Kentucky Misses Revenue Prediction By $135 Million
Though tax receipts into Kentucky’s general fund grew for the seventh year in a row, the state was still short about $135 million compared to predictions.
According to State Budget Director John Chilton, Kentucky was on track to meet predictions until March, when the state saw revenue decline by $50.2 million over three months due to a decrease in corporate revenues.
“The forecasting challenge going forward will be predicting when revenues will reverse the current four-month slide and resume collections more closely aligned with underlying economic growth,” Chilton said in a news release.
The state had predicted a 2.7 percent increase in revenue over the year, but instead tax receipts only grew by 1.3 percent.
Kentucky’s fiscal year started on July 1 and the state is still tallying up how much money it spent over the previous year, which ended on June 30.
The state constitution requires the governor to make sure the fiscal year ends with a balanced budget, meaning if the state spent more than it took in, Bevin might have to reduce spending in some agencies or tap the state’s $209 million rainy day fund.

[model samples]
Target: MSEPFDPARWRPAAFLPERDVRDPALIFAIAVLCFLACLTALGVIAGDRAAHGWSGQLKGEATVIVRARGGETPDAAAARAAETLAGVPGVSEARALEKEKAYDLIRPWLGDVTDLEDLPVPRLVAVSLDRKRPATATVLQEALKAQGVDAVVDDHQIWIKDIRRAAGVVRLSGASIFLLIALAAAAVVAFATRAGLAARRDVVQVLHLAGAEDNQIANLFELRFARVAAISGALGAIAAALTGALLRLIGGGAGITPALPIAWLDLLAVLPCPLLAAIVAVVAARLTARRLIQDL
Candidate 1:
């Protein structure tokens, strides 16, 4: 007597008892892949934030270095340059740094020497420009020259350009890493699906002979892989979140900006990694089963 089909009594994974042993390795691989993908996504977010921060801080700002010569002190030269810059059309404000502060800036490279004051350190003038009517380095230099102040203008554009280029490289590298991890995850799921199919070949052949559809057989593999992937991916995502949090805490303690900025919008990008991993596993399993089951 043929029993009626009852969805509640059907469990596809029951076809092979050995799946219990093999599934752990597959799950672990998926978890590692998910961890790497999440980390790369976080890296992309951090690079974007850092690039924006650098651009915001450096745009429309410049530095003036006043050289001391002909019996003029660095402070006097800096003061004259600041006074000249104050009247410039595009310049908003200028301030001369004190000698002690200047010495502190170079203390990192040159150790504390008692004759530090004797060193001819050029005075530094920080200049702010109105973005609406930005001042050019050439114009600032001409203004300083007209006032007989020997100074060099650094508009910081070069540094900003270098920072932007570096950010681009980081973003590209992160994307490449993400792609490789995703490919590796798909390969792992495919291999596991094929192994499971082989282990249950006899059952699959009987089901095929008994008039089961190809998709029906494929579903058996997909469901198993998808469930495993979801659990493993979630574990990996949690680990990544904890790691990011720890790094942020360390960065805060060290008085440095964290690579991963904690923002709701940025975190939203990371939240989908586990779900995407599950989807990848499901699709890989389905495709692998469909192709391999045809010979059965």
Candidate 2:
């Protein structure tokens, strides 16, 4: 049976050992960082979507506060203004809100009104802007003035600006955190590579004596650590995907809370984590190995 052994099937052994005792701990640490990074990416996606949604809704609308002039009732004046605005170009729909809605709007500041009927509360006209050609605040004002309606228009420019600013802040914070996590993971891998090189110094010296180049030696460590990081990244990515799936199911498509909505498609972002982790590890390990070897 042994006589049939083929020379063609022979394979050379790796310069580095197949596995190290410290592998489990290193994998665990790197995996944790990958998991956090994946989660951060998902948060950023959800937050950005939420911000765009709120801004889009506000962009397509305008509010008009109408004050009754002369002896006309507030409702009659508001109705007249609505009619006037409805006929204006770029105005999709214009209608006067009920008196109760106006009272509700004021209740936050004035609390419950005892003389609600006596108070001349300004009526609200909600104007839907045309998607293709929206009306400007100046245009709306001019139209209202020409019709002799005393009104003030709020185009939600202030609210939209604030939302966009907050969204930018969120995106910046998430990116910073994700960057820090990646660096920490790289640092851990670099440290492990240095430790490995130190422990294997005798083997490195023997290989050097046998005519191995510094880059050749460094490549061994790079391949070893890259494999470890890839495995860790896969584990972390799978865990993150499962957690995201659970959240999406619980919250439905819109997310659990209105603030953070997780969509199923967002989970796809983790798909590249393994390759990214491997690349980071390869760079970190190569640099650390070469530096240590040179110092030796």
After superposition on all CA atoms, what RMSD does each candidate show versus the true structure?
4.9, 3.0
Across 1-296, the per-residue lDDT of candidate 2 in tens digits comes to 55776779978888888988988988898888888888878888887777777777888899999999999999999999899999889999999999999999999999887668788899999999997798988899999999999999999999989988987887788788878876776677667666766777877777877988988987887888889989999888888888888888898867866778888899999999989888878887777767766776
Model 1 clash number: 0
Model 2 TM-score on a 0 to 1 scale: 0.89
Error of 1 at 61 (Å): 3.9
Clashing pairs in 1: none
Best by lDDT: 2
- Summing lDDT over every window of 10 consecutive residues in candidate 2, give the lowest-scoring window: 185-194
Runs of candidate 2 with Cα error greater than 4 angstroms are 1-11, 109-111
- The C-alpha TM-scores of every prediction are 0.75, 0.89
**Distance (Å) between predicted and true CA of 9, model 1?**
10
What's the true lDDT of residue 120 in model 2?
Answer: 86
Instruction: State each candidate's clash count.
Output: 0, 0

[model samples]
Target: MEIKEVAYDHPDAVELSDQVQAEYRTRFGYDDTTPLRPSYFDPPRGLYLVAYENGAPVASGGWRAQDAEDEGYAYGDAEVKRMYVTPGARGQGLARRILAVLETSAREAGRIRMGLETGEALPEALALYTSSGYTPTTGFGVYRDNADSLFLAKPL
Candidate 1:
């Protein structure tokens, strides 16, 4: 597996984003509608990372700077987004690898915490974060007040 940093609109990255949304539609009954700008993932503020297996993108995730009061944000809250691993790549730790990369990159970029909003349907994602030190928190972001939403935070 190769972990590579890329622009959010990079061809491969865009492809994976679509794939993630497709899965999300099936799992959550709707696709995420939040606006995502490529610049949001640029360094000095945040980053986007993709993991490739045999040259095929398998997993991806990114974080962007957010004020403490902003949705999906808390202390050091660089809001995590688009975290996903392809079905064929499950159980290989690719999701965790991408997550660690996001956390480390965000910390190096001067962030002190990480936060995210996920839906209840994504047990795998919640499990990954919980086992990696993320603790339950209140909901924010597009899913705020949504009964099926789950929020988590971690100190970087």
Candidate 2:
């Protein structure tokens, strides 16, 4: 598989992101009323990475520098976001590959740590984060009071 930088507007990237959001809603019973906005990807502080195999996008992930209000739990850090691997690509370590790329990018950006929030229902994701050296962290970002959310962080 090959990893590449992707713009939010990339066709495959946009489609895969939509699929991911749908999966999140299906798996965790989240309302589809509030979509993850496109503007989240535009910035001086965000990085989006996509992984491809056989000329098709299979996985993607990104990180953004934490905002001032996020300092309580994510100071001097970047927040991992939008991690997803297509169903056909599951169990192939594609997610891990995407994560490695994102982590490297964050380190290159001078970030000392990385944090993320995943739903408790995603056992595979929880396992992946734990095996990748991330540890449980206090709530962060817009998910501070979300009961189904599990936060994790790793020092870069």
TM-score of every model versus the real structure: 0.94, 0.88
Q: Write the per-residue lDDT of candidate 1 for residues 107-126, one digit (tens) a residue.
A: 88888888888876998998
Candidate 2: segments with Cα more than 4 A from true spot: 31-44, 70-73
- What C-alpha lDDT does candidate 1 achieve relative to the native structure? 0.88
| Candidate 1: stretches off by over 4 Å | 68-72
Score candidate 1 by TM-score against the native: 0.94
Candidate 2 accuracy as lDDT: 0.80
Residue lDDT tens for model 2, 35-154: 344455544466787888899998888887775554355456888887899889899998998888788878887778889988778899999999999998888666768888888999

In 2014, then-Gov. Steve Beshear filled a $90.9 million budget shortfall through a combination of agency cuts, an infusion from the rainy day fund and other measures.
Earlier this year, Budget Director Chilton warned that the state might be headed for a spending shortfall, blaming the lackluster performance on weak jobs growth leading to less-than-expected revenues from the income tax and sales tax.
In Monday’s report, Chilton said that growth in individual income tax receipts was the lowest since 2014 and growth in sales and use taxes were the lowest since 2013.
The announcement could be a boost to Bevin’s argument that the state needs to revamp its tax code.
Bevin said he wants to call lawmakers back to Frankfort to negotiate tax and pension changes later this year and has signaled he wants to shift the state away from being dependent on income taxes and more dependent on consumption like sales or property taxes.
However, leaders of the Republican-led legislature have been hesitant to hop on board Bevin’s call for tax reform if it includes tax increases.